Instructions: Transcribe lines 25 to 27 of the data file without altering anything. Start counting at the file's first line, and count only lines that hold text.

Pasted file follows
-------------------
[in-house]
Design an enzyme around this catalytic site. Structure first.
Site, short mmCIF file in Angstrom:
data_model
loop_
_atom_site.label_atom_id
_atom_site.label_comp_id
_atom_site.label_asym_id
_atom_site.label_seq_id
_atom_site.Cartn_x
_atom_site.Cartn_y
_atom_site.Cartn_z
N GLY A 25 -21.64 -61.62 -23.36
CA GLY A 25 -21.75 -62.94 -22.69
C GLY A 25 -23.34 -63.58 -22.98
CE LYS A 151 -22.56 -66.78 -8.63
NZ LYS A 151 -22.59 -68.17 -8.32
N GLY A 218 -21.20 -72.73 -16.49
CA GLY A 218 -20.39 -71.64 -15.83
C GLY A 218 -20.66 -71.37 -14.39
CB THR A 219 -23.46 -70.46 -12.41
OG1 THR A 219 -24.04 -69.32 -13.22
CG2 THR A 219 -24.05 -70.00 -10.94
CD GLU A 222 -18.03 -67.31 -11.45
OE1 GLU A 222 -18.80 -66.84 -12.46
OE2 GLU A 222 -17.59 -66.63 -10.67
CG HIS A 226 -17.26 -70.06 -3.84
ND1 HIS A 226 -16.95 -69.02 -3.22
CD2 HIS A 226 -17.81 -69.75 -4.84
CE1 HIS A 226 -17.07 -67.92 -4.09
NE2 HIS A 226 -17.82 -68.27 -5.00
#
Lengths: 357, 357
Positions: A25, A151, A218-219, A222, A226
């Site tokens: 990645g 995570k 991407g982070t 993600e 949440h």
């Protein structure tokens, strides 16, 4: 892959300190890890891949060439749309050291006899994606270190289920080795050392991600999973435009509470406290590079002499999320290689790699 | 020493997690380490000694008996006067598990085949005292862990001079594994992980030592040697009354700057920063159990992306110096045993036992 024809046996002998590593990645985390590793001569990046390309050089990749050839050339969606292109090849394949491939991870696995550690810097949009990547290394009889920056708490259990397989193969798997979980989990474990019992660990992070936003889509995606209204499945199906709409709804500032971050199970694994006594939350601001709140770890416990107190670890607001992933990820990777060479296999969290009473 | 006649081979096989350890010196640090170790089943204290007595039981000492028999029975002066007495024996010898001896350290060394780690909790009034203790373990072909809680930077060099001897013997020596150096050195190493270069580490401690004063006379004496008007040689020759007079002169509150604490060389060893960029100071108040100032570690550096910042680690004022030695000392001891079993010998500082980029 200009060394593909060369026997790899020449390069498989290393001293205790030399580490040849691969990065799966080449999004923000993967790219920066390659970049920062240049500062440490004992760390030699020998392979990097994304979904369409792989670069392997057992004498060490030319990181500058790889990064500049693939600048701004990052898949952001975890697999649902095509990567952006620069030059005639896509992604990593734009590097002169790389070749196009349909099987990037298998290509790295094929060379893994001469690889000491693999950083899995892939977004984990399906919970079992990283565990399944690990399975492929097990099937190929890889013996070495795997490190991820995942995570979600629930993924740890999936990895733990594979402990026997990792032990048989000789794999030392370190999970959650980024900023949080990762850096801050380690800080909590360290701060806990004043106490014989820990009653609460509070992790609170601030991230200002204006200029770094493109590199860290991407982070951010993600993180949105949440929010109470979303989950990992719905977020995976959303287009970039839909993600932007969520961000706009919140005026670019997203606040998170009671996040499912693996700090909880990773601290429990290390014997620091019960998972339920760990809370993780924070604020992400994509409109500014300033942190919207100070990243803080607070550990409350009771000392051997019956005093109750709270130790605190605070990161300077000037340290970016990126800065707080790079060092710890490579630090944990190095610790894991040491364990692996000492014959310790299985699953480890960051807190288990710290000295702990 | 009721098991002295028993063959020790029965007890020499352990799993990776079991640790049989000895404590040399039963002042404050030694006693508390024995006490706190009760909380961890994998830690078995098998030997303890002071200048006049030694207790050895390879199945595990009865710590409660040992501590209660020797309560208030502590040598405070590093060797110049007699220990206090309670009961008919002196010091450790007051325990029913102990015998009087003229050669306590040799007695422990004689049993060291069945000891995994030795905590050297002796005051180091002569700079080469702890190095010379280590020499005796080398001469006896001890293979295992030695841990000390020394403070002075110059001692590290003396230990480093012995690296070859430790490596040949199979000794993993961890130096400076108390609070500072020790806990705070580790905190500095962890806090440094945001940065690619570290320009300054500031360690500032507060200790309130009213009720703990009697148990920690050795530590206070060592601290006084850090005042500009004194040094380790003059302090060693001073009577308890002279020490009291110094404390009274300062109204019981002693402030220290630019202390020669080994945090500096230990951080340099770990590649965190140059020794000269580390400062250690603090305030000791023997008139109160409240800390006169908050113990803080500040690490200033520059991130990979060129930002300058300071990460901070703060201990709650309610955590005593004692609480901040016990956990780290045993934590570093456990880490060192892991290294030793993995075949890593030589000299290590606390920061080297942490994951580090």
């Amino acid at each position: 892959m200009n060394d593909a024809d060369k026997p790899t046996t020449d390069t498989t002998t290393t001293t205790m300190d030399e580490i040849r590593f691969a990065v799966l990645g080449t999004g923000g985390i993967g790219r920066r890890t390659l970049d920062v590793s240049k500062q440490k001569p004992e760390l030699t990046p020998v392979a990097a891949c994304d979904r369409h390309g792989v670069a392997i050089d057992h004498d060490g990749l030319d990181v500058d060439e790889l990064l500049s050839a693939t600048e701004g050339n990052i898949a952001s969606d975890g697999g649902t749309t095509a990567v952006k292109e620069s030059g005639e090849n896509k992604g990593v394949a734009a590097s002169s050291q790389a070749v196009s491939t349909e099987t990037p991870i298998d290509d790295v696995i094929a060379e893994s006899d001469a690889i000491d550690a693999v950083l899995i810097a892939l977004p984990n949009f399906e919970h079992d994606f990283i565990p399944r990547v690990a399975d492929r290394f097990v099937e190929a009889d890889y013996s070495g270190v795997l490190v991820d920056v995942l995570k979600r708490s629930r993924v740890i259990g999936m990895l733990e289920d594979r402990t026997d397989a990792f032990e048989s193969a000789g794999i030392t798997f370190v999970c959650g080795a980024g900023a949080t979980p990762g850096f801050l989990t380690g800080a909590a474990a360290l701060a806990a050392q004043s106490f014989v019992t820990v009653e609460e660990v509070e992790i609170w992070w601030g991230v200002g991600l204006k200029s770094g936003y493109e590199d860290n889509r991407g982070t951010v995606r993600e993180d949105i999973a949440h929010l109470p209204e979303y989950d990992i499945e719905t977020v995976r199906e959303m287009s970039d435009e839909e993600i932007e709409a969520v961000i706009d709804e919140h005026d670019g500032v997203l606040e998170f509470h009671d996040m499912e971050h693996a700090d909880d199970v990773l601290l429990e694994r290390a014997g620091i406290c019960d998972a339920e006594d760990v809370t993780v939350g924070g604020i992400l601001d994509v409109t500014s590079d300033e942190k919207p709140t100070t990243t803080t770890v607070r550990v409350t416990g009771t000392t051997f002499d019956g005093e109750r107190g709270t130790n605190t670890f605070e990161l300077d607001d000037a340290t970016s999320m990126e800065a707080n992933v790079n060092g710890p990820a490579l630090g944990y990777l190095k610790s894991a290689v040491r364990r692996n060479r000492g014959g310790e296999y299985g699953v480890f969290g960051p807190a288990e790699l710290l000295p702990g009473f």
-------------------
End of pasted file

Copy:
OE1 GLU A 222 -18.80 -66.84 -12.46
OE2 GLU A 222 -17.59 -66.63 -10.67
CG HIS A 226 -17.26 -70.06 -3.84